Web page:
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Partners in Sexual Addiction Recovery


By Crystal Hiser, LCPC, LMFT, CSAT, CMAT, Agape Counseling

While there has been much publicity surrounding the term “sexual addiction” and the types of behaviors this entails, little has been reported in the media about the people who are in a relationship with a sex addict. There is a lack of coverage about those who are impacted by sexual addicts, their experiences, their needs, and their stories.

Sexual addiction refers to people who continue to participate in sexual activities even though the activity results in serious negative consequences for themselves or their families. Examples of behaviors include chronic affairs, Internet pornography, and exhibitionism to name a few. Like other addictions — drugs, alcohol, gambling — the person wants to stop the behavior, but is unable to do so on their own.

Partners of sex addicts experience some feelings similar to that of partners of other addicts. They are familiar with secrecy, doubting oneself and one’s sanity, and living with the consequences of the addict’s behavior. However, being a partner of a sex addict entails so much more. There may be significant feelings of shame, decreased self-esteem, and questioning of oneself as to whether they are responsible for their partner’s sexual acting-out behavior. Well-intentioned friends and relatives may communicate faulty messages to the partner such as “you should just have more sex with him to keep him from straying,” or minimize the behavior by saying “everyone looks at porn, why don’t you just join them.” Some religious friends may even misquote the Bible to point out how it is a “duty to have sex with your spouse.” Even some professional therapists are uneducated to the nuances related to sexual addiction. They may encourage the sexual acting-out behavior and, as a result, lead the partner to experience additional shame and trauma.

Partners may be reluctant to share their experiences and pain due to fear of what others will say to them and about them to others. People can be quick to weigh in on the life decisions to be made and give unsolicited advice of what they should or shouldn’t do with their relationship (i.e., “you have to leave her,” or “you can’t get a divorce, you have to stay and work it out”). While these suggestions are not intended to hurt the recipient, they often leave the partners feeling like they have few choices available to them and wishing they had kept their mouths shut.

Research indicates that many partners of sex addicts experience traumatic symptoms following the discovery of their significant other’s sexual behavior. One study found that up to 70 percent of wives of sex addicts met the criteria for Post Traumatic Stress Disorder. Common symptoms include distressing thoughts and images about the addict’s behavior, re-experiencing the moment that they found out about the acting out behavior, increased emotional reactivity, and difficulty concentrating. This illustrates the importance of finding safe, educated individuals to support partners through their healing.

Certified Sexual Addiction Therapists (CSAT) are trained extensively to work with not only sex addicts, but also partners traumatized by sexual addiction. CSAT’s are familiar with treatment needs of partners, such as learning how to cope with triggers, understanding the nature of sexual addiction, and setting boundaries in relationships. Therapy groups facilitated by CSAT’s consist of partners of all ages, both male and female from all walks of life. Participants of groups report that they feel less alone when they are able to talk to people in similar situations. One participant called the group, “the first safe place where I didn’t have to pretend that everything is OK.” Others express the importance of group in reducing their feelings of shame about their relationship and providing them with hope by seeing other people get through it.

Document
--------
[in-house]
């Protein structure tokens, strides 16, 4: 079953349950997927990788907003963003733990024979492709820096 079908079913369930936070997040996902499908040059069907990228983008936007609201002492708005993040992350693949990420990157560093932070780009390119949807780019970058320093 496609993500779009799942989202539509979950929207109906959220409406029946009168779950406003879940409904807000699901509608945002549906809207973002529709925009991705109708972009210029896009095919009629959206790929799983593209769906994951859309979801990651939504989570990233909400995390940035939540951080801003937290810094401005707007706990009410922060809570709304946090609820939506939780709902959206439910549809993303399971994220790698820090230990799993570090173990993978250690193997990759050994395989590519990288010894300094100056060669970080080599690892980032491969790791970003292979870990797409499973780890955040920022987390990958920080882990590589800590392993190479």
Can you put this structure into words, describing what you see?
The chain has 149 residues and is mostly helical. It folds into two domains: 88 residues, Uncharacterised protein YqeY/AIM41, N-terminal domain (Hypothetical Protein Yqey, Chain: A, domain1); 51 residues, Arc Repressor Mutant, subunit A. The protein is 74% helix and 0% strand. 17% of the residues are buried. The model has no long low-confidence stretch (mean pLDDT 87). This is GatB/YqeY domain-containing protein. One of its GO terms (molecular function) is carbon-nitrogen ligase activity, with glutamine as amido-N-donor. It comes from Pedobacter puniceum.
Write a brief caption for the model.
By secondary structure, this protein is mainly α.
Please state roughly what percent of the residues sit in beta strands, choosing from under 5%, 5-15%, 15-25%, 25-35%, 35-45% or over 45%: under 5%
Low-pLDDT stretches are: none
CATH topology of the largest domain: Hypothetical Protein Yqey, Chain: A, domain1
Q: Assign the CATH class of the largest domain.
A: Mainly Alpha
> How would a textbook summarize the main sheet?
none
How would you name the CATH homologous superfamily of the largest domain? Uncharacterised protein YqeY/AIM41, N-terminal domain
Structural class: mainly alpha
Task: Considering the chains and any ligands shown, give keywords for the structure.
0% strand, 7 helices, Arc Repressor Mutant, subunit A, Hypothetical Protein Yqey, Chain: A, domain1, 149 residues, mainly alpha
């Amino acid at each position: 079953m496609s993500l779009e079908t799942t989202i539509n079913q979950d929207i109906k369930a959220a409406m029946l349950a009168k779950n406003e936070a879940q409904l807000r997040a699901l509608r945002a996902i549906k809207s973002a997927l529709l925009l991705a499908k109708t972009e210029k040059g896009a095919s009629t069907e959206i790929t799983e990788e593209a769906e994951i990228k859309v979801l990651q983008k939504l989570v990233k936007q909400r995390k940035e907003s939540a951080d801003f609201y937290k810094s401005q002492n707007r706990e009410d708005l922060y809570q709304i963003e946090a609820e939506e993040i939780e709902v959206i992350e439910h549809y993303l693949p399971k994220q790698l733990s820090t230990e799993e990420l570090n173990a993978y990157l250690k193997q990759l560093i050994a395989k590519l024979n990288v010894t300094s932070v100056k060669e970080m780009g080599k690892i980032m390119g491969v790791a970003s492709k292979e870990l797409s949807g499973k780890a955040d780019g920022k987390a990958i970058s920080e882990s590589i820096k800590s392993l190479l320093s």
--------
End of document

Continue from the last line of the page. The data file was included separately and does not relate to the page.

It is of utmost importance for partners to realize that their partner’s behavior is not their fault. Not only is it not their fault, it is also not their job to fix their partner’s behavior or prevent relapses by attempting to meet the sexual needs of the addict. To quote a popular 12-step slogan, “You didn’t cause it, you can’t control it, and you can’t cure it.” What you can do is get help for yourself, take the steps to get a therapist trained in partner issues, and join a group made up of people with similar experiences. There is help available and hope for recovery and healing; all you have to do is take the next step and call.

Crystal Hiser, LCPC, LMFT, CSAT, CMAT, along with a number of other therapists at Agape Counseling is trained specifically to work with partners of sexual addicts. In addition to seeing partners individually and in couples counseling, she also currently runs therapy groups for partners of sexual addiction.

For more information, please contact Agape Counseling, 309-663-2229. They are a group of Christian counselors, social workers, psychologists, and support staff committed to a therapeutic process which ministers to the whole person. Their Bloomington office is located at 211 N. Veterans Parkway (next to Krispy Kreme). They also have offices in Peoria and Morton. Visit

Photo credit: KatarzynaBialasiewicz/iStock, aqualandphotography/iStock